23. Many of us who are very involved with a specific breed – mine is in fact the Bernese Mountain Dog – also are very involved in trying to educate the general public about what exactly IS “Responsible Breeding” and “Responsible Dog Ownership.” Some of us are breeders, some of us are performance competitors, and some of us are “just” pet people who happen to make our dogs a big part of our life.
    I am certain that this particular BMD puppy was destined for a wonderful home. The family who was basically set up to be the highest bidder, had lost their other Berner to old age. But for me, the issue goes to far beyond whether one puppy gets a good home or not.
    The issue is that the AKC does not consider auctioning pups to be an appropriate method of homing puppies. Most parent breed clubs – including the Bernese Mountain Dog Club of America (BMDCA) have a Code of Ethics which states that breeders will not allow their pups to be auctioned. So why is this?
    1. It is not guaranteed – unless the auction is rigged – that the puppy will go to the intended home. The puppy will go to the “highest bidder.”
    2. Letting a pup go to the “highest bidder” promotes the concept that all it take to be a Responsible Owner is the ability to pay the purchase price of the puppy. This is wrong.
    3. People bidding on a puppy when they have not necessarily met with the breeder, researched the health clearances of the parents, etc. promotes the concept that is ok to pay as much – or possibly more – for a less responsibly bred puppy than for a responsibly bred pup. Since it is against the BMDCA Code of Conduct to auction a pup, it is highly unlikely that this particular pup was bred by a responsible breeder. JHS has insisted this is a “highly reputable breeder” but I suspect their standards are different than the AKC’s and BMDCA’s standards. To me, all “reputable” means is well-known – it is not the same as “responsible.”
    So, auctioning puppies undermines ALL of our education efforts on what Responsible Breeding means, and undermines our education efforts that potential puppy owners should do extensive research before deciding to buy a pup from a particular breeder. The “screening” goes both ways – the buyer screens the breeder and the breeder screens the buyer. All this effort is for the welfare of not only each individual puppy, but also for the future of the breed.
    We have an online open health database – Berner-Garde – which can be accessed by the general public – so buyers can actually research pedigrees on their own, and verify that the breeder does in fact do health clearances. In a breed with so many genetic health issues, this database has helped many of us make better breeding decisions. It is free to use – no fee to enter data, no fee to create pedigrees, reports, etc.

  24. There is no need to reinvent the wheel; the American Kennel Club policy statement on dog auctions reflects my own opinion:
    “The American Kennel Club strongly opposes disposing of puppies or livestock of any kind by offering them as prizes or giveaways in auctions, raffles, contests or promotional events. Dogs acquired in this manner may end up in shelters after the novelty of ownership has worn off. The acquisition of a dog should be an informed and educated decision on the part of the owner-to-be, not the chance result of a game.”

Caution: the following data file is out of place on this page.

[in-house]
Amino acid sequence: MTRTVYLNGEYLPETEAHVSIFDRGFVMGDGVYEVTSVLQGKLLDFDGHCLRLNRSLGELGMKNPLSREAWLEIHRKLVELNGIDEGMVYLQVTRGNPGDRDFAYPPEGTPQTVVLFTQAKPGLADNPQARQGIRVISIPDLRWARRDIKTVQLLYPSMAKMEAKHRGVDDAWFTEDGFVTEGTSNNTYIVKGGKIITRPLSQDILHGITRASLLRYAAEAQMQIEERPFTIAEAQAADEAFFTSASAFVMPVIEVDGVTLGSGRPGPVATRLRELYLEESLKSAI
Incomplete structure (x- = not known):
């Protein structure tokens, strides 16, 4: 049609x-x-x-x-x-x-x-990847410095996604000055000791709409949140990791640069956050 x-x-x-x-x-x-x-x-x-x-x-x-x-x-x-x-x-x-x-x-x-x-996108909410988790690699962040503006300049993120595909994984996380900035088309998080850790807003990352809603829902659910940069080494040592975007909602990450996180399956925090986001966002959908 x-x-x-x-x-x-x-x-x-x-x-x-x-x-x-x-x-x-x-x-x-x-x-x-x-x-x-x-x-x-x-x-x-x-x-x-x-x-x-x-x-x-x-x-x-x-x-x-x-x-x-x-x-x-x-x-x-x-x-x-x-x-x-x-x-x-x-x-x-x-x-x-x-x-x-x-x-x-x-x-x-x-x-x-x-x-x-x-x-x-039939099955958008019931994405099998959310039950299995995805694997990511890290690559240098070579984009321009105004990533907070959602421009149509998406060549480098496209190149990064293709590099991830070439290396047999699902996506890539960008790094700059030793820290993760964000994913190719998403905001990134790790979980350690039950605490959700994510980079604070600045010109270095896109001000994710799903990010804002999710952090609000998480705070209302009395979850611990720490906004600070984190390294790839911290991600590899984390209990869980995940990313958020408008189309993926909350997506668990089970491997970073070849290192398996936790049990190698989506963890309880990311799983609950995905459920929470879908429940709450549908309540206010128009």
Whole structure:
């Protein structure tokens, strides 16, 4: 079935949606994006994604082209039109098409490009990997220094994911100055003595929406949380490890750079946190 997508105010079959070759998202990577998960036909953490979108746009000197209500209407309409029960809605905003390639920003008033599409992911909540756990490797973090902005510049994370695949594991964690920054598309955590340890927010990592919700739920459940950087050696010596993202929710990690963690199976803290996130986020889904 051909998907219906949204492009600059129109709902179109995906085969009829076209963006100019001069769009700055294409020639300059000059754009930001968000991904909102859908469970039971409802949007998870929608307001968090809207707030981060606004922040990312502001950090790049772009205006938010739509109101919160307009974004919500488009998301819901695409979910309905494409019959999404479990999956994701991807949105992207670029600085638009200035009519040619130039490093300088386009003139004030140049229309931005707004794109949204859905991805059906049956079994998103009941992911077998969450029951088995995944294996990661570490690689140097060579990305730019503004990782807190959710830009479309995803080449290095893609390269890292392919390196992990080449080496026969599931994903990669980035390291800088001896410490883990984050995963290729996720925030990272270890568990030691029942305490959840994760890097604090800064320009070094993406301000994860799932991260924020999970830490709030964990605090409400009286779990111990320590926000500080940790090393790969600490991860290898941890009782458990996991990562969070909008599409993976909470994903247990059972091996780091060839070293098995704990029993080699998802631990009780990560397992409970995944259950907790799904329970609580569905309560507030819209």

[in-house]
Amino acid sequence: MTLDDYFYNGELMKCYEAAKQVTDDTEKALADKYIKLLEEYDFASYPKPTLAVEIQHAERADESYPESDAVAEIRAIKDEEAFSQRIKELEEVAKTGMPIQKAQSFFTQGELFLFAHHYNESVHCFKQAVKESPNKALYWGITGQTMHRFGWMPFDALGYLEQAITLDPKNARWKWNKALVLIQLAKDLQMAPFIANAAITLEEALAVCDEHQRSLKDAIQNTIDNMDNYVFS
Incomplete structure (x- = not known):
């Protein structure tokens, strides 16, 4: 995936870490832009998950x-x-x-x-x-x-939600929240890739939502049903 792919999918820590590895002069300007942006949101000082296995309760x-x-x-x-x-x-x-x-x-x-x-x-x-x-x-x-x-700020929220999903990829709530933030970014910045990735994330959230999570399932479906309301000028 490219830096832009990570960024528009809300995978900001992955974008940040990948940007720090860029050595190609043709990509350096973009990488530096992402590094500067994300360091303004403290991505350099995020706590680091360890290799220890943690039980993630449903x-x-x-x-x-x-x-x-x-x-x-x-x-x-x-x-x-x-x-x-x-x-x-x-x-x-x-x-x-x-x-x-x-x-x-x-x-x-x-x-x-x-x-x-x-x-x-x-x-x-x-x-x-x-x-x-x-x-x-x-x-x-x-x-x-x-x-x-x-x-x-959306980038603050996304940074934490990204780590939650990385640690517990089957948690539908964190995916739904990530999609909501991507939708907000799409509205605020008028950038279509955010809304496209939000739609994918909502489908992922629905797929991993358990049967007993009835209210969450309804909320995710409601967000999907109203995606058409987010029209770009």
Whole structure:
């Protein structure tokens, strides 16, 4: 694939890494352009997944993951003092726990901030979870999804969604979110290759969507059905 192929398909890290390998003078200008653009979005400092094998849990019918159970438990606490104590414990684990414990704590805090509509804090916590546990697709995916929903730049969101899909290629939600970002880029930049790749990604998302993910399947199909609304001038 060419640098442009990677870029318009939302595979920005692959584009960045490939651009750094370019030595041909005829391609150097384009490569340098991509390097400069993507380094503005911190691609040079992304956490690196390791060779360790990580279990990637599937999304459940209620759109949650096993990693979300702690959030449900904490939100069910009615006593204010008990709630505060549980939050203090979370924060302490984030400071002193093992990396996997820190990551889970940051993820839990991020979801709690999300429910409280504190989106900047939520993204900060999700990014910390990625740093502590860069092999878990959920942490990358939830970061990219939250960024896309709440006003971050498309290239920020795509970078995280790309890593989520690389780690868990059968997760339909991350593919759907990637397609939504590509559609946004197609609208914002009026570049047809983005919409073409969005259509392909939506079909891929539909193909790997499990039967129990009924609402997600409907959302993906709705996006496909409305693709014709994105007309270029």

25. Auctioning a ‘LIFE’. Not such a good idea. Funny this article should come to me just now. I am presently working w/ a family who ‘won’ a puppy at a raffle. The pup is a mess, emotionally and physically. The pup is from a puppy mill (because the educated would know that auctioning a puppy isn’t a responsible thing to do) and before the auction stayed in a home with a dog who was aggressive with her and now we have so much undoing to do that the ‘winners’ of the puppy aren’t sure they have what it takes.

    Usually, people who win a puppy aren’t prepared in so many ways that it’s really a set up for failure even if it wasn’t a puppy mill.

    Very sad indeed to exploit a life in this manner.

  26. I agree that auctioning live animals is not a good idea. I went to a local church bazaar many years ago and they had a chocolate lab pup on the docket. I spent time with the pup and saw how nervous it was at this big, scary event. My heart went out to it. I am also a dog trainer and specialize in labrador retriever training. I saw the potential in this pup and decided that I might be able to save it from tragedy. I bid as high as my budget would allow and ended up not being able to take the pup home. I spoke to the “winner” and left him my name and number, with best wishes for a happy life with his pup. Needless to say, I heard from him in about 6 weeks and he said he could not care for such a rambunctious pup. I took her in and turned her into a wonderful working dog and companion. Not all dogs gets that break! I think that people don’t even realize what a scare it is to these pups to be brought into a busy and noisy place and held by hundereds of strangers with no one to feel secure with. I think that the idea of a gift certificate to a local shelter would be a much better idea! I know that it takes away the “awwwww” factor, but all animals deserve a home where they will be cherished until they die of old age!